Ellen W. Randolph Coolidge to Virginia J. Randolph Trist

I intended dear Virginia to write to you from Richmond, but had not one moment to do it in. I committed your gingham &c to Martha W. praying her to send them immediately. the packet contained besides the gingham (which you will be surprised to hear was the best I could get,) some cambric & floss cotton for Mary, a plaid frock with scarlet ribbons for Ellen Wayles, & a few yards of rose colored ribbon for darling little Matty. the plaid was by no means t so pretty as I wished but I trusted to Jane Richardson’s taste which deceived me in this instance. the rose ribbon I got a whole piece of for about 2 ½ cents a yard and thought it would be a good width for minikin. we left Richmond very early sunday morning; I was pleased at the attentions we received there from some of my old friends especially Mrs Watson & Mrs Rootes—this last made quite a conquest of Joseph & she certainly is a lovely woman.—She has the most splendid collection of rare & beautiful plants, among which are two or three grand bushes of the citronella. two years ago the spot where she now lives was a muddy bank of red clay. her taste has converted it into one of the prettiest spots I know. they have a neat & convenient house in the midst of a square yard, part of which is in turf & the rest covered with pots & boxes containing green house plants beautifully & tastily arranged, & which having decorated the open ground during summer, are, in winter, deposited in a small green-house back of the dwelling house. we left the Eagle the day after our arrival in Richmond & removed to Mrs Richardson’s where I found much kindness but a most distressing quantity of dirt. I cannot understand how people who have seen better days can so immediately degenerate in their habits & modes of life. we came down the river in company with Gen. & Mrs Taylor. Joseph was delighted with the Gen. & I most agreably disappointed in Madame, whom I found kind polite & sociable. the day would have passed pleasantly, could I have forgotten that every moment of time increased the space which separated me from all I love on earth, except the two dear ones who accompanied me in to what I must always feel as an a state of exile. New-England & Boston may have great advantages over Virginia, but the heart of a woman ever remains untravelled; and like the poor the Greenlander who pines amid the pleasures and luxuries of civilized Europe, for the dear barren shores of his poor but cherished home, she and woman ever prefers the spots endeared by recollection & association, to any that derive their value from a superiority of in things that address themselves to her reason rather than her affections. one unpleasant occurrence considerably damped the spirits of the female passengers on board the steam-boat Richmond in which we had taken our passage. there is a furious rivalship between the two boats which ply from Richmond to Norfolk, & on this occasion, as on some others, they carried their animosity so far as to run foul of one another, to the great terror of the women, & rage of the men, who reciprocally blamed the captains of the opposing boats, although I suspect both were to blame in perhaps an equal degree. I am however unwilling to impute any fault to the gállant & gallánt commander of our bark, who seemed quite too much of a gentleman to do any thing to distress the ladies. we were assured there was no danger, but I for one was what Lady Mary would I call “very handsomely frightened”. we reached Norfolk at nine & having deposited Baby & her nurse at a boarding-house, we took a long, rapid & fatiguing walk in search of Aunt Hackley, whom, we found, with all her household in bed. we gained admittance however, & I went into her bed room & staid until nearly eleven. little Martha is quite a beauty but exceedingly coy & coquettish. the next morning the whole family came to the boarding house & remained until nine when I took a reluctant leave & went on board the steam-boat for Baltimore. I felt very anxious to see more of Aunt Hackley & would willingly have tarried a day or two, but Joseph was desirous of getting on, and there was something in the air of the place that warned us off. I have never breathed in an atmosphere so heavy so oppressive so burthensome to the lungs. I waked in the night terrifyed with the thought of suffocation, & when the sun rose, the heat became in early morning more intense than [. . .] elsewhere, at noon. it is a kind of heat too more difficult to bear than any I ever felt. dull sluggish & overpowering it causes the blood to creep slowly & heavily through the veins, a general torpor benumbs the whole frame, it becomes a painful effort to move the limbs, while a dead weight presses upon the heart, [. . .] the lungs play with difficulty & a clammy perspiration covers the body from the hair of the head to the burning soles of the heavy & feeble f[. . .] the aspect of the city, as I traversed it with rapid steps to gain [. . .] boat which was to bear my darling child to a purer atmosphere, seemed to me plague-struck & devoted. the grass was growing rank in the streets, forcing its way thro between the paving stones, & a fever-cloud appeared to overhang the whole place through which the beams of the a hot & sickly sun struggled to penetrate. Joseph looks over my shoulder & laughs at the force of fancy as he calls it, but most true it is that I never felt so oppressed or so much alarmed at the thought of infection & disease, & it was not until going rapidly through the waters of the Elizabeth we entered the bay & met the fresh elastic sea breeze that I believed myself safe. moreover in a part of the town remote from the one where we were, three individuals had died of the black vomit in the 24 hours preceding our arrival. Aunt H’s house is in a very healthy situation or I should feel quite unhappy about her. we left Norfolk at nine in the morning & reached Philadelphia about eight P. m M. the following evening being a distance of more than 300 miles in less than 36 hours. we did not go on shore at Baltimore, but took precautions for the safe delivery of Nicholas’s box of books & notes, & Mama’s gown into the hands of Dabney Carr. adieu my dearest sister, we are stopping 2 days in Philadelphia, the weather being gloomy & the baby suffering from a bad cold. our situation is not very comfortable at a crouded boarding house, & I am writing with a tooth pick & the washings of an ink bottle. my best & dearest love to all & for you the assurance of my warmest affection.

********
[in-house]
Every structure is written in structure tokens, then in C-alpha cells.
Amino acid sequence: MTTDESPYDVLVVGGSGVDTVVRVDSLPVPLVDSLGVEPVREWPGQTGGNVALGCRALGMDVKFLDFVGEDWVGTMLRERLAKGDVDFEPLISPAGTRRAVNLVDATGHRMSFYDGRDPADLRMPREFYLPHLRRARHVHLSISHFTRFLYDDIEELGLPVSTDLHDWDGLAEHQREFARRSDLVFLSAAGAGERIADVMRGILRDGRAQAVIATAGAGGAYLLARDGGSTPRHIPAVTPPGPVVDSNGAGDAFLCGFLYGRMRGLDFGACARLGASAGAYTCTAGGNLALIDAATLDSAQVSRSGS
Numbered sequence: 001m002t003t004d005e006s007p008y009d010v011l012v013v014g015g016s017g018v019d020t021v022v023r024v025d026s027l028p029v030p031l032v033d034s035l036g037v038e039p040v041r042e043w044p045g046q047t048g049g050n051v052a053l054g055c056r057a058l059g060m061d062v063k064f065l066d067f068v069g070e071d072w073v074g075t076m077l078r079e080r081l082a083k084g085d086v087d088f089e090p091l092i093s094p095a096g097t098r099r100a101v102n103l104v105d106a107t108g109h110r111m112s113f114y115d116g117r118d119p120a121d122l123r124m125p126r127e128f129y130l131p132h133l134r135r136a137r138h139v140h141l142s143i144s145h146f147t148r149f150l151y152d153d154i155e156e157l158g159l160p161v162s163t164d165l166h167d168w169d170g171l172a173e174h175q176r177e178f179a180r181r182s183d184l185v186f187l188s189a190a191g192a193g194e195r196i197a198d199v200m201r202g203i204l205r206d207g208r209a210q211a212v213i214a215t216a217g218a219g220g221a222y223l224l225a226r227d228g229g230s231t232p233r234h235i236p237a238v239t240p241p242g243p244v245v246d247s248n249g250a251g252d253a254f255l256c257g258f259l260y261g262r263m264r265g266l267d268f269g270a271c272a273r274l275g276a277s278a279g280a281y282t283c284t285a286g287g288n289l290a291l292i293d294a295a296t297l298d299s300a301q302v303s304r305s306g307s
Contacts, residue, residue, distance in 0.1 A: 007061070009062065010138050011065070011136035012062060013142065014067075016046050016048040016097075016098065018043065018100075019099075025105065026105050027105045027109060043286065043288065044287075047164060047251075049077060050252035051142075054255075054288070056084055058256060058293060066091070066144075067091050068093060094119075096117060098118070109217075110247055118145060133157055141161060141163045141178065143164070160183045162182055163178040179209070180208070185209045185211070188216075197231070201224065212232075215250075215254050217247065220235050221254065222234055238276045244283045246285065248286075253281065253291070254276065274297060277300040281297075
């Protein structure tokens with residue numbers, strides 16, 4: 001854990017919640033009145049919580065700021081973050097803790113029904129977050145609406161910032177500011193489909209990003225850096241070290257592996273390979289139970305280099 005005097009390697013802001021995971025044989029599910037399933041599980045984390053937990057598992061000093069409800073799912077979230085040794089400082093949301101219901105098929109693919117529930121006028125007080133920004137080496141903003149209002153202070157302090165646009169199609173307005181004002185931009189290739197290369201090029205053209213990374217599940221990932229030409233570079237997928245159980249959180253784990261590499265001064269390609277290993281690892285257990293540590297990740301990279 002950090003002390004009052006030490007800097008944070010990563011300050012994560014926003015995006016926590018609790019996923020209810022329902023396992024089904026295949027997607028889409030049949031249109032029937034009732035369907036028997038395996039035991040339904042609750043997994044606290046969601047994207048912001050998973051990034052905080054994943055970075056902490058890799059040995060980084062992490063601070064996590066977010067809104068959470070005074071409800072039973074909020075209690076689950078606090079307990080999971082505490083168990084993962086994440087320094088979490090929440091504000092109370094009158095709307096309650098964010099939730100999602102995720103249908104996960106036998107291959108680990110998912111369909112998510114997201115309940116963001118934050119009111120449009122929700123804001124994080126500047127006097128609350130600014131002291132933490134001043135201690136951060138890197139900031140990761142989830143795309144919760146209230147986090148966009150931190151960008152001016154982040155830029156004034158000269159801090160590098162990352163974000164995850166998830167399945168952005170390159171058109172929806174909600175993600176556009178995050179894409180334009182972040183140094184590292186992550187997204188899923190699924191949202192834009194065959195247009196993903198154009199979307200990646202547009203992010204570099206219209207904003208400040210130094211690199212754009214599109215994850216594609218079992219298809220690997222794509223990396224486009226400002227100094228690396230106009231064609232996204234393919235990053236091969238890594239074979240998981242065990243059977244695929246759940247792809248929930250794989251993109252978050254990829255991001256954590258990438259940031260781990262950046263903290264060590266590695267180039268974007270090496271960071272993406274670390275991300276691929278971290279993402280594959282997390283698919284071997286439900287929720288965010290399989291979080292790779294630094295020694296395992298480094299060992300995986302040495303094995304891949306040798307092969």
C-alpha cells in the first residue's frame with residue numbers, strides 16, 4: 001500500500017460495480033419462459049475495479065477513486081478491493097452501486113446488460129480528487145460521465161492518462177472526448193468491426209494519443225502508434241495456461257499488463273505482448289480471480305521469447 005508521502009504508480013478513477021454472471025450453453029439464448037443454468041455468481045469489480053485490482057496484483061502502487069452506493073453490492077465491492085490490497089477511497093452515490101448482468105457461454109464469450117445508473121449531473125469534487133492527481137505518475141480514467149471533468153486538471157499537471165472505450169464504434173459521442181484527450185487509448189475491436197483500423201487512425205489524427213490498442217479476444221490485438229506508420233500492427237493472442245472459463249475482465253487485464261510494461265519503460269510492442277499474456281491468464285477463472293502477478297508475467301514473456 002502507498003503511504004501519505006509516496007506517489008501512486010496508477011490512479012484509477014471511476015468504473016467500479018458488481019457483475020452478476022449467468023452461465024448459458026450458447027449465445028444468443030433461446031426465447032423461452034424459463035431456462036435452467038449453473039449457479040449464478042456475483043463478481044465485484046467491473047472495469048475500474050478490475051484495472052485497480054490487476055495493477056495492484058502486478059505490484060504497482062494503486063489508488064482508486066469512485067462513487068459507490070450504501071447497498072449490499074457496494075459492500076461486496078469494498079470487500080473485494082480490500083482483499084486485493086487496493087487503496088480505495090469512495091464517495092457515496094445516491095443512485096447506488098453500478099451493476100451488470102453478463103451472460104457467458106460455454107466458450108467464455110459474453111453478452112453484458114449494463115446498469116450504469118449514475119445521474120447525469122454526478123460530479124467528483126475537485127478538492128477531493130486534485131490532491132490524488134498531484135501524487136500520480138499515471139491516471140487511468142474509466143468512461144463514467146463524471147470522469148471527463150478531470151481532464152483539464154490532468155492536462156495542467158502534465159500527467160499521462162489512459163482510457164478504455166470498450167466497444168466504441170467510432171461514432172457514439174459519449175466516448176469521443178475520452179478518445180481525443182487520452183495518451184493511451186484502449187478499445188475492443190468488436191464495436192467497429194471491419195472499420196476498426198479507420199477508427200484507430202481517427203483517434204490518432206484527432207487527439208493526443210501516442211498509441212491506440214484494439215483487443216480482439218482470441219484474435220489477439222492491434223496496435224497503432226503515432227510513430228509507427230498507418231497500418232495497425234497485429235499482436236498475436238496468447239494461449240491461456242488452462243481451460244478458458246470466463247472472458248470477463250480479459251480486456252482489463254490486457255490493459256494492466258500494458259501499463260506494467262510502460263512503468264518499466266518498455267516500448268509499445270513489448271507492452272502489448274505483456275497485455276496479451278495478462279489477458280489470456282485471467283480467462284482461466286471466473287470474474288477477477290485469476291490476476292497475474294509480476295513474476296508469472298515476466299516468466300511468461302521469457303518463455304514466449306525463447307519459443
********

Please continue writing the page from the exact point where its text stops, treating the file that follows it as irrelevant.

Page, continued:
RC (ViU: Ellen Wayles Randolph Coolidge Correspondence); torn at seal; addressed: “To Mrs Nicholas P. Trist Monticello. near Charlottesville. Albemarle Virginia”; stamped; postmarked Philadelphia, 18 Sept.; in an unknown hand: “Missent to Alexa DC.”